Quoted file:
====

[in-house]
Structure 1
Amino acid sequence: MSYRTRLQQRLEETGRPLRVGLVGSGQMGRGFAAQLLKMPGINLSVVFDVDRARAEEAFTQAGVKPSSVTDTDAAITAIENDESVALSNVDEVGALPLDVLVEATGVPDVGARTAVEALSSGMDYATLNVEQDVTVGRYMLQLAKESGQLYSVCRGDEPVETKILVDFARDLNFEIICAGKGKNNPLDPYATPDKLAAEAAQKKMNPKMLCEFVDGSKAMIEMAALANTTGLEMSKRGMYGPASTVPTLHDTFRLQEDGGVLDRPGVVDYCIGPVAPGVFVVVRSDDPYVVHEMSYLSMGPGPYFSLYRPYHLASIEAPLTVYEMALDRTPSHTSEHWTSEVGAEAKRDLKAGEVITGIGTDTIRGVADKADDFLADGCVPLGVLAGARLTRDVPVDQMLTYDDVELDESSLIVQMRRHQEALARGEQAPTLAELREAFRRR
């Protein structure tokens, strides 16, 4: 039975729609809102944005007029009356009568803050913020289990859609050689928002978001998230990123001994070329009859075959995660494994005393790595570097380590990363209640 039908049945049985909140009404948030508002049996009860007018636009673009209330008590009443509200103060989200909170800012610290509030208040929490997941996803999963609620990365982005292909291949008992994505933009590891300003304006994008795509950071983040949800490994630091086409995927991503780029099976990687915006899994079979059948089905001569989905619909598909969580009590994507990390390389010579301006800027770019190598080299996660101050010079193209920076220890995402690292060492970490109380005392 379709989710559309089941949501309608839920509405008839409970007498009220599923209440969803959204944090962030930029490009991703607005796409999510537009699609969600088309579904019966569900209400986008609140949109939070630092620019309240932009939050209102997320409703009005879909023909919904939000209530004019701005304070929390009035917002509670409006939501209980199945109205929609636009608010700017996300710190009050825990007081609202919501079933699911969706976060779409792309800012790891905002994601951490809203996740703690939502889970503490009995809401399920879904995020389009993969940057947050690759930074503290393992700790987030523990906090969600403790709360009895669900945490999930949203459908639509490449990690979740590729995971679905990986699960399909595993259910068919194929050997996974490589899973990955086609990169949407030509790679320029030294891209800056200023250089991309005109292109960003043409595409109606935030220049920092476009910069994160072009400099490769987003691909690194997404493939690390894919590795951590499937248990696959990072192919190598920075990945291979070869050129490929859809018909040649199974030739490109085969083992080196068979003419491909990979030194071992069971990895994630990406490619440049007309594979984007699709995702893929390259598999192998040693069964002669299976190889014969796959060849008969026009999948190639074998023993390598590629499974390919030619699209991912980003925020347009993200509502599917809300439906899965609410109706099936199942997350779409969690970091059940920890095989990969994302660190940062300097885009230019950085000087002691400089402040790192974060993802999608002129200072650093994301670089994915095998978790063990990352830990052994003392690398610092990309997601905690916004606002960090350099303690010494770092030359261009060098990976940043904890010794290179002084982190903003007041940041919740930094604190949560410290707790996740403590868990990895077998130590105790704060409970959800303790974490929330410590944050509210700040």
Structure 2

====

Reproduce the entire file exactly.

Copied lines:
[in-house]
Structure 1
Amino acid sequence: MSYRTRLQQRLEETGRPLRVGLVGSGQMGRGFAAQLLKMPGINLSVVFDVDRARAEEAFTQAGVKPSSVTDTDAAITAIENDESVALSNVDEVGALPLDVLVEATGVPDVGARTAVEALSSGMDYATLNVEQDVTVGRYMLQLAKESGQLYSVCRGDEPVETKILVDFARDLNFEIICAGKGKNNPLDPYATPDKLAAEAAQKKMNPKMLCEFVDGSKAMIEMAALANTTGLEMSKRGMYGPASTVPTLHDTFRLQEDGGVLDRPGVVDYCIGPVAPGVFVVVRSDDPYVVHEMSYLSMGPGPYFSLYRPYHLASIEAPLTVYEMALDRTPSHTSEHWTSEVGAEAKRDLKAGEVITGIGTDTIRGVADKADDFLADGCVPLGVLAGARLTRDVPVDQMLTYDDVELDESSLIVQMRRHQEALARGEQAPTLAELREAFRRR
């Protein structure tokens, strides 16, 4: 039975729609809102944005007029009356009568803050913020289990859609050689928002978001998230990123001994070329009859075959995660494994005393790595570097380590990363209640 039908049945049985909140009404948030508002049996009860007018636009673009209330008590009443509200103060989200909170800012610290509030208040929490997941996803999963609620990365982005292909291949008992994505933009590891300003304006994008795509950071983040949800490994630091086409995927991503780029099976990687915006899994079979059948089905001569989905619909598909969580009590994507990390390389010579301006800027770019190598080299996660101050010079193209920076220890995402690292060492970490109380005392 379709989710559309089941949501309608839920509405008839409970007498009220599923209440969803959204944090962030930029490009991703607005796409999510537009699609969600088309579904019966569900209400986008609140949109939070630092620019309240932009939050209102997320409703009005879909023909919904939000209530004019701005304070929390009035917002509670409006939501209980199945109205929609636009608010700017996300710190009050825990007081609202919501079933699911969706976060779409792309800012790891905002994601951490809203996740703690939502889970503490009995809401399920879904995020389009993969940057947050690759930074503290393992700790987030523990906090969600403790709360009895669900945490999930949203459908639509490449990690979740590729995971679905990986699960399909595993259910068919194929050997996974490589899973990955086609990169949407030509790679320029030294891209800056200023250089991309005109292109960003043409595409109606935030220049920092476009910069994160072009400099490769987003691909690194997404493939690390894919590795951590499937248990696959990072192919190598920075990945291979070869050129490929859809018909040649199974030739490109085969083992080196068979003419491909990979030194071992069971990895994630990406490619440049007309594979984007699709995702893929390259598999192998040693069964002669299976190889014969796959060849008969026009999948190639074998023993390598590629499974390919030619699209991912980003925020347009993200509502599917809300439906899965609410109706099936199942997350779409969690970091059940920890095989990969994302660190940062300097885009230019950085000087002691400089402040790192974060993802999608002129200072650093994301670089994915095998978790063990990352830990052994003392690398610092990309997601905690916004606002960090350099303690010494770092030359261009060098990976940043904890010794290179002084982190903003007041940041919740930094604190949560410290707790996740403590868990990895077998130590105790704060409970959800303790974490929330410590944050509210700040």
Structure 2